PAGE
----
The Rideau Valley Wildlife Sanctuary rehabilitates more than 1,200 orphaned and injured wild mammals and reptiles every year. Volunteer rehabilitation interns play an integral role in helping to care for these animals and release them back to the wild. The Sanctuary is located between North Gower and Kemptville in a rural environment, about 45 minutes south of Ottawa, Ontario.
Wildlife rehabilitation is a rewarding experience, with the majority of an intern’s time spent on direct animal care. Interns also learn about many aspects of wildlife rehabilitation, such as wildlife identification, natural history and behaviour, animal handling, animal health and nutrition, diagnostic procedures, fluid therapy, medicine administration, hygiene and quarantine protocols, environmental enrichment, release criteria and human/wildlife conflict resolution. Interns also gain valuable work skills, such as working as part of a team with staff and volunteers, dealing with the public and setting priorities.
Job duties include, but are not limited to:
- answering phones
- admitting and examining new patients
- preparing formula and food
- formula-feeding animals and providing fresh water and solid foods
- cleaning cages and facilities
- calculating and administering medications (under supervision)
- performing diagnostic procedures (under supervision)
- performing fluid therapy and wound management (under supervision)
- monitoring animal health
- maintaining records
- releasing animals
- other related duties
Internships are full-time volunteer positions. Terms are a minimum of three months and maximum of eight months between March 1 and October 31. Interns work an average of 40-50 hours per week on a rotating schedule, which includes days, evenings, weekends and holidays. On working days, interns may be required to take baby animals home for overnight feedings. Overtime is often required.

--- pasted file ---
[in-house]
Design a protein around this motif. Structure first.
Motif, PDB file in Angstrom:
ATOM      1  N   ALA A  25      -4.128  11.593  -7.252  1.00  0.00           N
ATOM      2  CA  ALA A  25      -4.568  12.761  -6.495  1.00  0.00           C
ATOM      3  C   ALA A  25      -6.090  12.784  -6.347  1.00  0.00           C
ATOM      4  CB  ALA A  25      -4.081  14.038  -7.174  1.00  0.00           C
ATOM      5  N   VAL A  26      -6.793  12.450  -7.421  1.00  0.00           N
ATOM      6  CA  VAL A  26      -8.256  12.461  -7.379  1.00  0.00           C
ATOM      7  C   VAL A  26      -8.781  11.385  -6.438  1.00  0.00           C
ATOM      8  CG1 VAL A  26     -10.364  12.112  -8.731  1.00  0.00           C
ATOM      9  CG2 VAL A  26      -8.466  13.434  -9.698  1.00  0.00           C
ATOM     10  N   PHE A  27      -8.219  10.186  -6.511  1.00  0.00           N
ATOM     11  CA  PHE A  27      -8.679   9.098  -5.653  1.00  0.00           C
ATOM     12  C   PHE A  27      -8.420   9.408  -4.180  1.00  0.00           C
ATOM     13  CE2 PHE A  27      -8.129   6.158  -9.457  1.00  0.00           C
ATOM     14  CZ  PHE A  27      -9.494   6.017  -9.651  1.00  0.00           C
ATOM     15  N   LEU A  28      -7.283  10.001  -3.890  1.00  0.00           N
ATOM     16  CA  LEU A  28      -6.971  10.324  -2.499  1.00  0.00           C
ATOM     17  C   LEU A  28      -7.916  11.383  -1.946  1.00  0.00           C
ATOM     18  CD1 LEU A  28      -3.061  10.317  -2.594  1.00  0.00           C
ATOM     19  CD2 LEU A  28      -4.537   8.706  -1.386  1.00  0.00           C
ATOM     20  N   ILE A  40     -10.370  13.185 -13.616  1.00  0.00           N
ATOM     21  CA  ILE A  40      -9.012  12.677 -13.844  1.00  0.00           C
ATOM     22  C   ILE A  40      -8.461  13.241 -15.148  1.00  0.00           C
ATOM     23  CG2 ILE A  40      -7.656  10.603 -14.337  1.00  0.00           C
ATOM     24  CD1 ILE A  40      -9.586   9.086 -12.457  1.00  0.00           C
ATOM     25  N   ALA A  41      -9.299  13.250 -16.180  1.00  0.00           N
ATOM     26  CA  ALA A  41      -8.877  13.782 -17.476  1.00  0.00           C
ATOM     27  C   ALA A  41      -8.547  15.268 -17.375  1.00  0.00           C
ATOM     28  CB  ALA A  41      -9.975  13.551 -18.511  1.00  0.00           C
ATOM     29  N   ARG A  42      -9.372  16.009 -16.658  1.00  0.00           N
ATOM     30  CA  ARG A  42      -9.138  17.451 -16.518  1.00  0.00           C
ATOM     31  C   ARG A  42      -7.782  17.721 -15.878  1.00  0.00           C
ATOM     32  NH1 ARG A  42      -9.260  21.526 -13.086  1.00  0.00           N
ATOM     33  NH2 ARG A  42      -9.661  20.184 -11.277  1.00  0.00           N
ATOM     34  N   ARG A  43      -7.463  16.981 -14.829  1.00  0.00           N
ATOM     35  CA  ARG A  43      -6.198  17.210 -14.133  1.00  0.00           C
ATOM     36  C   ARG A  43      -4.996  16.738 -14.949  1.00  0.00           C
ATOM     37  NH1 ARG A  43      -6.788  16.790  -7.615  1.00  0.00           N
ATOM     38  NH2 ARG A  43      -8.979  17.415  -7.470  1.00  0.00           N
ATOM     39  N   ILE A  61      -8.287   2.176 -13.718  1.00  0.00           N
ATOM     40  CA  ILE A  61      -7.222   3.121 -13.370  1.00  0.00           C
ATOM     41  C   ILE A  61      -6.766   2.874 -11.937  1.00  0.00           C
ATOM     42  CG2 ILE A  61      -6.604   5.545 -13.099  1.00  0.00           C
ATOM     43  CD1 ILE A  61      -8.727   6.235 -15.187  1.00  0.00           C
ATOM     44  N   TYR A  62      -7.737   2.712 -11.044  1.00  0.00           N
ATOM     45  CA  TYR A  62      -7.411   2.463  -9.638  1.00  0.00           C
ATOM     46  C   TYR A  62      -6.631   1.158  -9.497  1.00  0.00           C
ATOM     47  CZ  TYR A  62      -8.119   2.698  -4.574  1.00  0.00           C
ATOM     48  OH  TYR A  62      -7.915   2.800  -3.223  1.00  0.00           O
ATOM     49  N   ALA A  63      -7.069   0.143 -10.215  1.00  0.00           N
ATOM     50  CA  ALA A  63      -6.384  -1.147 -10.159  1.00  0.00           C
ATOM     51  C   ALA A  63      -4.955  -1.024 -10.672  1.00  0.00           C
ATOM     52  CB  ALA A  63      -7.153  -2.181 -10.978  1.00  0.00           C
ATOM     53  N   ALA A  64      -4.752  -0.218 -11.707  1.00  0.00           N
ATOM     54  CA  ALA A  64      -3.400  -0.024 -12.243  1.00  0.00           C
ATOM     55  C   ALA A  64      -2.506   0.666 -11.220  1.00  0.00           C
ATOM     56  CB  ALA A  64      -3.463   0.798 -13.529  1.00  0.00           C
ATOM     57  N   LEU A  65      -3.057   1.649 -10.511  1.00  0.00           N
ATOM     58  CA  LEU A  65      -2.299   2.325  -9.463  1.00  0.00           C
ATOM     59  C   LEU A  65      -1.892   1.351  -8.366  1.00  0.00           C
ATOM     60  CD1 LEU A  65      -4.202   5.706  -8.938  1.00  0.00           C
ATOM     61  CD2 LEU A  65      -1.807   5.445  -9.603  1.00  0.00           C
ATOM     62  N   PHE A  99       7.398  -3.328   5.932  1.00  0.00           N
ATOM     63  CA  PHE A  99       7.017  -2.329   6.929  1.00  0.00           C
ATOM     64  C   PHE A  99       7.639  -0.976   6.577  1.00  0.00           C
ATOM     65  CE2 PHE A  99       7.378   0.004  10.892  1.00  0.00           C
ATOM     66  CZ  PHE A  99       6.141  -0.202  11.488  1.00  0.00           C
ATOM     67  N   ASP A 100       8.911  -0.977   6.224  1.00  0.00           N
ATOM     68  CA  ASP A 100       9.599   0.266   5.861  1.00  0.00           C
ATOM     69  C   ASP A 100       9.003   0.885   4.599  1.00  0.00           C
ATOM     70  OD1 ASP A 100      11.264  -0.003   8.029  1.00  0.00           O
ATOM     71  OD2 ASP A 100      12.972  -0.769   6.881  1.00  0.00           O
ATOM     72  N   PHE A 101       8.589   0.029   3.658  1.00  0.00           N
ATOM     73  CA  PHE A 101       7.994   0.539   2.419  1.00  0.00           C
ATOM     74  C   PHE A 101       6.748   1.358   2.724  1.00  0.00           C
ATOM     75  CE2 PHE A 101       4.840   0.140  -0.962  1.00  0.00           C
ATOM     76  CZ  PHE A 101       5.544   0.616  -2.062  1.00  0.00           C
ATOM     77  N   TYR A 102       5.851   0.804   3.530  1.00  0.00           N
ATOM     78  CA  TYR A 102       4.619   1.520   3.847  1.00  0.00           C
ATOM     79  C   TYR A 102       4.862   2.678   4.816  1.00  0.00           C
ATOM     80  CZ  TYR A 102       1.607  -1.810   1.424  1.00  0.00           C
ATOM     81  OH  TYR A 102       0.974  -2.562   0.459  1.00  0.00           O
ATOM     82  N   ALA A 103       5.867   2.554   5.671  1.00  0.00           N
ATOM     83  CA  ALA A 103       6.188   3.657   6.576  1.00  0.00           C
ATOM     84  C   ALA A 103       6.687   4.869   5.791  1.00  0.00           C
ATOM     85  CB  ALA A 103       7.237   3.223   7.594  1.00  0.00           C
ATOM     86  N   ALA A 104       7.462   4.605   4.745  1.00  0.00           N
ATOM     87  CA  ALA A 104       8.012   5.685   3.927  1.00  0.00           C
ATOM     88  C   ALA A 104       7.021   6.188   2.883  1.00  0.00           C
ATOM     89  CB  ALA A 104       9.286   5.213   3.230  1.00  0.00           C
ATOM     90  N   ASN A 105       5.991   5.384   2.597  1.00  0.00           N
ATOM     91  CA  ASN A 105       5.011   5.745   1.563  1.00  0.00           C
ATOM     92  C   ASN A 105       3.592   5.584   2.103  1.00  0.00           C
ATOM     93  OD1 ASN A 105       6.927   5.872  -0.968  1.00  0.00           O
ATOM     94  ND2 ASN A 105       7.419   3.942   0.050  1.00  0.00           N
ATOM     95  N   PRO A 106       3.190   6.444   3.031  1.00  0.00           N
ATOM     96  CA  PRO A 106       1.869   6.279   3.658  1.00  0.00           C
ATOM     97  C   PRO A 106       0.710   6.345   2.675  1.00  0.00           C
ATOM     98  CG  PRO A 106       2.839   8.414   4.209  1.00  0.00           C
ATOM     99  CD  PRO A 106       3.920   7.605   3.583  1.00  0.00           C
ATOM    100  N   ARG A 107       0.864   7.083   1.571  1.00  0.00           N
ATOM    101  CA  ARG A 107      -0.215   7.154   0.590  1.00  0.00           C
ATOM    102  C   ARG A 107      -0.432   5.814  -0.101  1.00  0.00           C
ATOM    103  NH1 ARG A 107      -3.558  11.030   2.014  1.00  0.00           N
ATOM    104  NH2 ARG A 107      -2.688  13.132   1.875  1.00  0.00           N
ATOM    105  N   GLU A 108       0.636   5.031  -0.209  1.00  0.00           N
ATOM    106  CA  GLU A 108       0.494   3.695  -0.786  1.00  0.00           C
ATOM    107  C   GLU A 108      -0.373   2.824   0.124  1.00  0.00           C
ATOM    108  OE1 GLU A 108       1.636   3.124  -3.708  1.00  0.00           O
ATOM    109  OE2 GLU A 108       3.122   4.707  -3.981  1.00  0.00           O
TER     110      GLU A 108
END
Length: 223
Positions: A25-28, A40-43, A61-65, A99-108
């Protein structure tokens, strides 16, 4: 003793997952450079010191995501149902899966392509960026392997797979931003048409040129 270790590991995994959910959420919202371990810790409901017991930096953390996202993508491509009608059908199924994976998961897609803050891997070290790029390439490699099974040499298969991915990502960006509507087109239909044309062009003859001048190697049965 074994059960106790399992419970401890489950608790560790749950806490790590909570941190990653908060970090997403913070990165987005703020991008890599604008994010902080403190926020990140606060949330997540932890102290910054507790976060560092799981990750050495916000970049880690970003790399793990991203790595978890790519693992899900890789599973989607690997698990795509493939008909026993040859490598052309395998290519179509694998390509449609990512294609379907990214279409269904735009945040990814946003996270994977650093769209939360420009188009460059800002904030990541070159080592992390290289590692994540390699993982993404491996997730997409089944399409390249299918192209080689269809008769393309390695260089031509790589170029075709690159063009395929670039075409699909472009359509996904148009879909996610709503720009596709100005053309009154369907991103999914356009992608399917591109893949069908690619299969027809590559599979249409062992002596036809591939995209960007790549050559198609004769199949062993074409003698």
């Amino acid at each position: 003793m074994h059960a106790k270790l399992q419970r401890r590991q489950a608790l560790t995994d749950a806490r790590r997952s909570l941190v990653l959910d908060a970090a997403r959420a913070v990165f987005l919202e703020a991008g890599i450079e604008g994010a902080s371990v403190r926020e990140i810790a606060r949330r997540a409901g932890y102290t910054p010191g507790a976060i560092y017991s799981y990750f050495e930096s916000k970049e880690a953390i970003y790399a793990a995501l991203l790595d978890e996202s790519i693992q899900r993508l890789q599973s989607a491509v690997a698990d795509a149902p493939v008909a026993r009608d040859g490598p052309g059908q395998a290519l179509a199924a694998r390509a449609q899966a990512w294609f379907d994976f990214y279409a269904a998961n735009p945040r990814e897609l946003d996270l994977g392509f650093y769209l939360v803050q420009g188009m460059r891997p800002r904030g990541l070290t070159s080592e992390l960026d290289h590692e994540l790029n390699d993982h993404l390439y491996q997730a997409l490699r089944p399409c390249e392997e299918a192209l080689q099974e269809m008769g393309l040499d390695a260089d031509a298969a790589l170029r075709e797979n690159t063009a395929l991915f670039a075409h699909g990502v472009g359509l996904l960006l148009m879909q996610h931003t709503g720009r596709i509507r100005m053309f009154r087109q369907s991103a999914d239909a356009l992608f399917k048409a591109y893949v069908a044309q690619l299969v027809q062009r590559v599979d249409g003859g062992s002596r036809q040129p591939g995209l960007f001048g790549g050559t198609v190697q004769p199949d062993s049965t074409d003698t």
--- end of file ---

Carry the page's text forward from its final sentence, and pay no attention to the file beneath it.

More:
Interns receive an honorarium of $150 per week to help cover incidental expenses. Interns who complete their full term with above-average job performance will receive a written reference. Interns are responsible for their own housing (we can assist with finding local accommodation) and transportation (there is no public transportation to the sanctuary).
Ideal interns are mature, hardworking, reliable and conscientious individuals who will commit to their full term and work long hours. Work is often fast-paced, repetitive and requires working outdoors in all kinds of weather. Interns should be able to perform physically demanding tasks, such as heavy lifting. Most applicants are involved in biology, wildlife, environmental or veterinary-related studies, but we will consider all applicants who demonstrate an enthusiastic, hardworking attitude and who will become an integral member of our rehabilitation team.
Applicants must be 18 years of age or older. Previous rehabilitation experience is an asset but not required. All interns must provide proof of vaccination for tetanus and rabies*. Non-Canadian applicants require proof of a valid work visa.
To apply, please provide a covering letter (including your availability and preferred terms, vaccination status, what you hope to gain from an internship and how you will contribute to our team), resume and two written references by email. Please apply early as applications are reviewed as they are received, and no later than February 28. Preference will be given to applicants who apply for internships greater than three months.
* Rabies Vaccine Information
The rabies pre-exposure vaccine is a series of three injections given in your arm over the course of one month. You can obtain a prescription and get your injections from your family doctor, and order the vaccine from any pharmacy. Most health plans cover such vaccinations. If not, the cost is about $700. To check if your health plan covers the vaccine, you will need the following Drug Identification Numbers: RabAvert – DIN 02267667; Imovax – DIN 01908286. If you have had the rabies vaccine in the past, you need to provide proof of protective titre levels (blood test for levels of antibodies) every two years, which you can obtain from your family doctor.